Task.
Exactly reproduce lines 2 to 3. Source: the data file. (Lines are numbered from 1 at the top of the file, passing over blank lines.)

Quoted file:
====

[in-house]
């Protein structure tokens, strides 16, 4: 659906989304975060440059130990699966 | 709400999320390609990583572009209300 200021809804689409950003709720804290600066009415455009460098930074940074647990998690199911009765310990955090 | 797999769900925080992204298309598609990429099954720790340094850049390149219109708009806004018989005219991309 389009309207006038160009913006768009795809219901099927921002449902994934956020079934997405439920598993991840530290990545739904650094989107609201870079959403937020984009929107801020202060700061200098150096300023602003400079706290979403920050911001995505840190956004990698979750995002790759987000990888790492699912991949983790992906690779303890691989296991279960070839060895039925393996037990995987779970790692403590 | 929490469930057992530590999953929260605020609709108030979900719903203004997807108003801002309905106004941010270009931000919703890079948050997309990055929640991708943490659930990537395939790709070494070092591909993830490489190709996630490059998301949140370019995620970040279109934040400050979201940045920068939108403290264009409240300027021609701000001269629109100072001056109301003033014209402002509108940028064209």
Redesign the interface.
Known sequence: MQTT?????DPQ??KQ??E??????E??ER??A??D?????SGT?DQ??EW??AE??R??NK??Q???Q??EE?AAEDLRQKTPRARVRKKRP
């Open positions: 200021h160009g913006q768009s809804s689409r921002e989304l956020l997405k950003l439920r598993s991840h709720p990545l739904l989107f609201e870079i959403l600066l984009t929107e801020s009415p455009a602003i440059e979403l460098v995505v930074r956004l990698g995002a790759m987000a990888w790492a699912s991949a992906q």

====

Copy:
């Protein structure tokens, strides 16, 4: 659906989304975060440059130990699966 | 709400999320390609990583572009209300 200021809804689409950003709720804290600066009415455009460098930074940074647990998690199911009765310990955090 | 797999769900925080992204298309598609990429099954720790340094850049390149219109708009806004018989005219991309 389009309207006038160009913006768009795809219901099927921002449902994934956020079934997405439920598993991840530290990545739904650094989107609201870079959403937020984009929107801020202060700061200098150096300023602003400079706290979403920050911001995505840190956004990698979750995002790759987000990888790492699912991949983790992906690779303890691989296991279960070839060895039925393996037990995987779970790692403590 | 929490469930057992530590999953929260605020609709108030979900719903203004997807108003801002309905106004941010270009931000919703890079948050997309990055929640991708943490659930990537395939790709070494070092591909993830490489190709996630490059998301949140370019995620970040279109934040400050979201940045920068939108403290264009409240300027021609701000001269629109100072001056109301003033014209402002509108940028064209």
Redesign the interface.